|| The Boston Globe
|| November 30, 2009
|| Karen Campbell
Hundreds of dance companies big and small across the country offer adaptations of “The Nutcracker,’’ E.T.A. Hoffmann’s tale of a young girl named Clara and a nutcracker who turns into a prince and leads her on a magical journey to the Kingdom of Sweets. Boston Ballet has carved its own niche with an extravagant production featuring lavish sets and costumes, live music, striking choreography (mostly by Mikko Nissinen), and generally first-rate dancing.
For the youngest viewers, Boston Ballet’s production is terrific: swiftly paced, streamlined at just two hours (including a generous intermission), and chock-full of eye-popping dazzle, from the brightly lighted oversize tree to a balloon that soars to the rafters. But in this streamlining, some of the dramatic characterizations, context, and continuity are sacrificed for adults. Nevertheless, Friday night’s opening performance was a glittering kickoff to the holiday season.
Despite conductor Jonathan McPhee’s blistering tempi in the overture, the prologue street scene still drags as we watch Drosselmeier (an appropriately flamboyant Sabi Varga) putting the finishing touches on the Nutcracker. The prologue’s saving grace is Jeffrey Cirio’s virtuosic turn as the Young Man, who sails through lofty leaps and crisp, vivid turns as he greets passersby.
Fiona Wada-Gill’s Clara and Jonathan Hamel-Sellman’s feisty Fritz lead the children of the party scene, ever-charming and well-rehearsed as they go through their line dances. In contrast, the adult party guests look a little tired and ragged. The fun starts with the entrance of Drosselmeier, who brings clever magic tricks (a dancing kerchief, a disappearing Fritz) as well as two life-size dolls. John Lam’s Harlequin and Whitney Jensen’s Columbine skillfully juxtapose graceful pirouettes and leaps with the herky-jerky stiffness of wind-up figures.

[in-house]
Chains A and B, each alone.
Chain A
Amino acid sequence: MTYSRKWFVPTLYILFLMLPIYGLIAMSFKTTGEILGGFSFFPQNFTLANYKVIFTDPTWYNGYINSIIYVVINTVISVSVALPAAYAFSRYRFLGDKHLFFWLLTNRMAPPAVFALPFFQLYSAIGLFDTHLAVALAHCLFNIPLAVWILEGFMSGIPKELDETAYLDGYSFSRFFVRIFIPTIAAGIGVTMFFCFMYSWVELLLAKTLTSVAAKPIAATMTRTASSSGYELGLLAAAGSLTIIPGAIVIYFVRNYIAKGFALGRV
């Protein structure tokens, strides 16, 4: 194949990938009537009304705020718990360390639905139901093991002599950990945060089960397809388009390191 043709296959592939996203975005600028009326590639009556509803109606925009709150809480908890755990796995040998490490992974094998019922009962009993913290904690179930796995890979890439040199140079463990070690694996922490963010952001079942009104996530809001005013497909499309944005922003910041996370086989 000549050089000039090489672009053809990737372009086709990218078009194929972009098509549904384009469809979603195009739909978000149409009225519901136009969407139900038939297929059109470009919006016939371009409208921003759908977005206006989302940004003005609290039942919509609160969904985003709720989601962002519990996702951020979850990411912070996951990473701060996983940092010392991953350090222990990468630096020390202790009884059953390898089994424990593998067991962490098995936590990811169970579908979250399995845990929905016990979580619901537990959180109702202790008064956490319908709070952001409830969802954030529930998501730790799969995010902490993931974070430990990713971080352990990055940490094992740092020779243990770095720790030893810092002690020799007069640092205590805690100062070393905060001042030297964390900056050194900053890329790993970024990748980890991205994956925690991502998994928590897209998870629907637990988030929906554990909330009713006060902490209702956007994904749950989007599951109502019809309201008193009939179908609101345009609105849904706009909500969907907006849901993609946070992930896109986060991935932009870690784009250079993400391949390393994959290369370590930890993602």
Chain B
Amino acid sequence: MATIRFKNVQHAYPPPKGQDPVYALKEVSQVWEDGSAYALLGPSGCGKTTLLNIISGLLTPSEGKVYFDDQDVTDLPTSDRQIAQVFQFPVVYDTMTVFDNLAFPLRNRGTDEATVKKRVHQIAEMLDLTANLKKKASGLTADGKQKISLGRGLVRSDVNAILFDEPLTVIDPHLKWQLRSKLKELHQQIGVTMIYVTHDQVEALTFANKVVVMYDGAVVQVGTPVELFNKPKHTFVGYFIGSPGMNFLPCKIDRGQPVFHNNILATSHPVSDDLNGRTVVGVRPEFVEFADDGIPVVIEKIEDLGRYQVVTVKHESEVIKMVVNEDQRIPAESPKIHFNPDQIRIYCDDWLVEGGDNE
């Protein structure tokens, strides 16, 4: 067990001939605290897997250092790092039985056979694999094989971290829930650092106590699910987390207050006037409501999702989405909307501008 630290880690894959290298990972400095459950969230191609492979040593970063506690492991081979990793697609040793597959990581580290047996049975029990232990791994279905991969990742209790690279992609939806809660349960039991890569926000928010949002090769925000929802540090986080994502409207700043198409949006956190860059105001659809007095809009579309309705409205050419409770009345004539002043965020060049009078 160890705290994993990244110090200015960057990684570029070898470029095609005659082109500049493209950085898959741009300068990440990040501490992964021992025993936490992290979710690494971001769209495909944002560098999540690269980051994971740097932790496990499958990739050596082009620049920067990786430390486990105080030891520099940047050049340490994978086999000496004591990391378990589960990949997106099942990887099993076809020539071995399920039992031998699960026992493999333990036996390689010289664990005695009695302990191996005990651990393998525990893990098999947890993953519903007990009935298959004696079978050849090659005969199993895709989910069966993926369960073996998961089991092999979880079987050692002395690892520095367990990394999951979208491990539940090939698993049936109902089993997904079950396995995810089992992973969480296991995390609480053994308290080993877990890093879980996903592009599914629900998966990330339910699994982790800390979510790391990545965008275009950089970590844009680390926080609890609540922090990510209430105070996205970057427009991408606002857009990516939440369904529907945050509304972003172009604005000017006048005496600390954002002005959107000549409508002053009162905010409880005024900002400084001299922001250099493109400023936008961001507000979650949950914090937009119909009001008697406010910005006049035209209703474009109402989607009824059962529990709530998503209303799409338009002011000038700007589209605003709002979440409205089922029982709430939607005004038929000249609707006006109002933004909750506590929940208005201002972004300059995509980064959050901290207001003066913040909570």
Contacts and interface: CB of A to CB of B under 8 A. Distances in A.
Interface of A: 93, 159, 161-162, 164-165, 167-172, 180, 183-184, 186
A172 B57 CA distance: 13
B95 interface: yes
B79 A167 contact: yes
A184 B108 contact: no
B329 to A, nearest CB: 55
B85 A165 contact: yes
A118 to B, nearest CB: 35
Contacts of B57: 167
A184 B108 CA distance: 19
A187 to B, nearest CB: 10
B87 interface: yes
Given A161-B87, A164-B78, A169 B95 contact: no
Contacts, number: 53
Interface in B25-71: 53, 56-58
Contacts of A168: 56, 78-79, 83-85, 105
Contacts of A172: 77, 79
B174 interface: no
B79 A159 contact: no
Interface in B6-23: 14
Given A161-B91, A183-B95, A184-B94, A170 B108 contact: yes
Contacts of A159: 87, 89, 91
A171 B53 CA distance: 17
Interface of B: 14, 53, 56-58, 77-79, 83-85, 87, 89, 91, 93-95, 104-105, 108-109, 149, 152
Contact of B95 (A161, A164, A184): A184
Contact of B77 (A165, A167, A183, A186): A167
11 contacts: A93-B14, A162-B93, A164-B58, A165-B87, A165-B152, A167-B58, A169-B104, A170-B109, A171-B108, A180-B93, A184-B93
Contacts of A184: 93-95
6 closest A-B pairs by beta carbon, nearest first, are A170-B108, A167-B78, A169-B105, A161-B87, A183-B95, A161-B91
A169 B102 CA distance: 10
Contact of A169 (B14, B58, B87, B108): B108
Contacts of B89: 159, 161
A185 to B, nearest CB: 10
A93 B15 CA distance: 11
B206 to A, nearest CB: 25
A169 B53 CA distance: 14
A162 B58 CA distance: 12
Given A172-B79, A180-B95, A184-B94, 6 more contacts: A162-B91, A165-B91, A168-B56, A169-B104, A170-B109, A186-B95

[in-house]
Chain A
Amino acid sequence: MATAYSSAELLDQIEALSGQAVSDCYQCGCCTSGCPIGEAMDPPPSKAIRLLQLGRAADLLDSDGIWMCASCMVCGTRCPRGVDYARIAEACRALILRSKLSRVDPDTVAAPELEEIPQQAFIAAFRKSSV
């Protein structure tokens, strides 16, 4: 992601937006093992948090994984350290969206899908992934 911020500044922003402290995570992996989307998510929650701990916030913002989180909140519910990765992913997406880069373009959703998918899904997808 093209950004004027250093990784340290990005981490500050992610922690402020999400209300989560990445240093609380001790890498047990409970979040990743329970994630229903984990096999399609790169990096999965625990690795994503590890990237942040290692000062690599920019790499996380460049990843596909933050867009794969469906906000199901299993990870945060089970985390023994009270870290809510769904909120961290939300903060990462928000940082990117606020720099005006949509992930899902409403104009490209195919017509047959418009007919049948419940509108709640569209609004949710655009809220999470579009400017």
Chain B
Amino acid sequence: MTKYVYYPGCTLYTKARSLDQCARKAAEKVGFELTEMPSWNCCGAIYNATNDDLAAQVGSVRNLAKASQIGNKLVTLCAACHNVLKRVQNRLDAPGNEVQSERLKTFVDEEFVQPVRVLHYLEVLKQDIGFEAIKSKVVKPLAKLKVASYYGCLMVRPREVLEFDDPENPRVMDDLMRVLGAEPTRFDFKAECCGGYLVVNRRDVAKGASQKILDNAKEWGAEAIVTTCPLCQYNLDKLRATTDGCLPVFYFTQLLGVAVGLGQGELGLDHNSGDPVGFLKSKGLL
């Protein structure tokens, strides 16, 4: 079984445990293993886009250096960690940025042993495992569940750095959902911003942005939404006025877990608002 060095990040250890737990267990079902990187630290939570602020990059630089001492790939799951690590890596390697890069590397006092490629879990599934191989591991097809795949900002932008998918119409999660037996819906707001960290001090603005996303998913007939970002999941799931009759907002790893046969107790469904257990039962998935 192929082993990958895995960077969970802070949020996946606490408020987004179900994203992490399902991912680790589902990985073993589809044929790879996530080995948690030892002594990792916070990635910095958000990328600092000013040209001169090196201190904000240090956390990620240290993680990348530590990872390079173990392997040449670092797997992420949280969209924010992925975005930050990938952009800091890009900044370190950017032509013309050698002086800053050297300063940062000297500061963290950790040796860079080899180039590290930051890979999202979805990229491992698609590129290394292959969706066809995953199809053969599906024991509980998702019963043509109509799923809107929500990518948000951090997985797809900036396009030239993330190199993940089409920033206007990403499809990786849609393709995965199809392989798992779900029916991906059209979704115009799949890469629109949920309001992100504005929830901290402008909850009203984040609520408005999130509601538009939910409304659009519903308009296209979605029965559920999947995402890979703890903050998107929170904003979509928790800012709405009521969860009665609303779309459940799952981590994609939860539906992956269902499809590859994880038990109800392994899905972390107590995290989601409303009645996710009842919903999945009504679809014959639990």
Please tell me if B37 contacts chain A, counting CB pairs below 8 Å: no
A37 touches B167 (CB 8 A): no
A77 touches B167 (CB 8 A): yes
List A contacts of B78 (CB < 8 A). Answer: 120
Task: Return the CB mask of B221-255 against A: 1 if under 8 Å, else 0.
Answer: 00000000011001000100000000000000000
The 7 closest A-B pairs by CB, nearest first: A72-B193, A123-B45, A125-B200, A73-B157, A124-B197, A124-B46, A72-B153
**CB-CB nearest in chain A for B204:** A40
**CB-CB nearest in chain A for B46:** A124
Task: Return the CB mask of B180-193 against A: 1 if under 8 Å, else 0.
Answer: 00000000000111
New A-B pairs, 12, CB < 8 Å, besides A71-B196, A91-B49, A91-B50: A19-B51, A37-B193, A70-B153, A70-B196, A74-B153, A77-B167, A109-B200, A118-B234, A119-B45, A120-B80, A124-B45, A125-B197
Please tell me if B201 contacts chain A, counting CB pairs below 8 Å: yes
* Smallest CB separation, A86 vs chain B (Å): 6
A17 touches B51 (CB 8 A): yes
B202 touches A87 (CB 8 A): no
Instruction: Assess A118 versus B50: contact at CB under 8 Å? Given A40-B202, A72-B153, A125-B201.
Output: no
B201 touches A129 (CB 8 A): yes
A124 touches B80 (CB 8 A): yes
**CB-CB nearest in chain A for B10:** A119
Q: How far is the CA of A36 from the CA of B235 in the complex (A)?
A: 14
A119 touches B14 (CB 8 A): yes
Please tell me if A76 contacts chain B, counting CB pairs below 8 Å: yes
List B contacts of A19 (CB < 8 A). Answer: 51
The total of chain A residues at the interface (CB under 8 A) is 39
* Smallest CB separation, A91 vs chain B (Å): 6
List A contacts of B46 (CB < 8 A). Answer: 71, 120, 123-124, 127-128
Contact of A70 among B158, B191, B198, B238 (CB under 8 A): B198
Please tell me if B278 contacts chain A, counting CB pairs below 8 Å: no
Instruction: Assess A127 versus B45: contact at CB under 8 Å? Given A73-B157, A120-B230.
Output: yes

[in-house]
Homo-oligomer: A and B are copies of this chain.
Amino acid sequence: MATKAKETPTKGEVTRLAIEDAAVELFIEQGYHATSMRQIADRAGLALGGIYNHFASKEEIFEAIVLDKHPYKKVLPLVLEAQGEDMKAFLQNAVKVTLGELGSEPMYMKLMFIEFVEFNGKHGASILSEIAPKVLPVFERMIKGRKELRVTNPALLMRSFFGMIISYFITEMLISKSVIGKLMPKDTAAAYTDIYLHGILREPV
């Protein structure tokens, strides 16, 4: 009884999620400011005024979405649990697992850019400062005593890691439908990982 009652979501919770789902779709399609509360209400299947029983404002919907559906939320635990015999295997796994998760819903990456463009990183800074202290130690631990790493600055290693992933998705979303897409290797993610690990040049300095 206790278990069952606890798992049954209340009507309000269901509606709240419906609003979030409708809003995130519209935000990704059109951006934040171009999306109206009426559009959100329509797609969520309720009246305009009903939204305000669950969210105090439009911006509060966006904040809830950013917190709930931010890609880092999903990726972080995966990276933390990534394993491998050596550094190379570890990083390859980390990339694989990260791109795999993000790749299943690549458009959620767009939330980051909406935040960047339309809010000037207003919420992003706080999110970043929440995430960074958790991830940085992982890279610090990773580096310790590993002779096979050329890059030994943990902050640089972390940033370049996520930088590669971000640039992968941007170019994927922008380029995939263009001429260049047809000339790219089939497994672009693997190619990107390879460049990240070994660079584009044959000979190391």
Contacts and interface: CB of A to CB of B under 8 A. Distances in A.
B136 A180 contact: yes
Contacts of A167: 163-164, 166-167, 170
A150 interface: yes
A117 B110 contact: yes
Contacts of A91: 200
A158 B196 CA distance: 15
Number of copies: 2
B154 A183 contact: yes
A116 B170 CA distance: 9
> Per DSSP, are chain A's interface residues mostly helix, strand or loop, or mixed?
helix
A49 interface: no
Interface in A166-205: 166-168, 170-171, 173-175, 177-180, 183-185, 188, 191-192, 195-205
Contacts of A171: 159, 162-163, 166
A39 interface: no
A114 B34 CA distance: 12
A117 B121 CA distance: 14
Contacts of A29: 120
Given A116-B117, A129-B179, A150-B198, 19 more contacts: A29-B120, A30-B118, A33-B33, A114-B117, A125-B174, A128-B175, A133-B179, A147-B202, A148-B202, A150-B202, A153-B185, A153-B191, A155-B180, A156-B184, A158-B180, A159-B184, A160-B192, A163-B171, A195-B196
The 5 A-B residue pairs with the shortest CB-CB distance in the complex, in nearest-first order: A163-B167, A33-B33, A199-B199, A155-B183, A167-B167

The production’s busy Scene Two continues to lack cohesion. Barely has Clara laid her head down than the chaos of her dream erupts. Mystery and magic are supplanted by mayhem created by dozens of tiny mice, soldiers, and dolls. While the scene provides the opportunity to pack the stage with Boston Ballet students, it looks messy to those without a little star in the cast.
But when the stage is transformed into The Enchanted Forest, with ice-laden trees and gently falling snow, the ballet’s true magic begins. The Snowflakes sail through gorgeous, eye-catching patterns suggesting wind-tossed snow. Erica Cornejo is one of the warmest, most radiant Snow Queens in recent memory, pairing crystalline footwork with full-bodied elasticity. Snow King James Whiteside drapes her over his shoulder in stunning, laid back lifts.
Though some of the Act II character dances look under-rehearsed, standouts include Robert Kretz, with Boyko Dossev and Paul Craig, in the split jumps and high kicks of “Russian,’’ and Kathleen Breen Combes and Jaime Diaz in the serpentine coils, back bends, and hyperextensions of “Arabian.’’ Leading a swirling, lyrical “Waltz of the Flowers,’’ Misa Kuranaga is a sprightly Dew Drop, with fluid upper body and sharply etched footwork. Lia Cirio is a gracious, capable Sugar Plum Fairy, with moves that are beautiful technically but somewhat lacking in the airy, spun-sugar delicacy the role deserves. Pavel Gurevich is a solid Cavalier, exhibiting long clean lines and buttery landings in the jumps and turns of his solo work.
Live music is one of the production’s strongest elements, and the orchestra under McPhee plays with tremendous clarity and verve. McPhee was given the task Friday night to make a post-performance onstage plea to support Boston Ballet, a bald but understandable request given the troubled economy. However, it sapped the evening’s fantasy, sending us out into the cold night with visions of dollar signs instead of sugar plums dancing in our heads.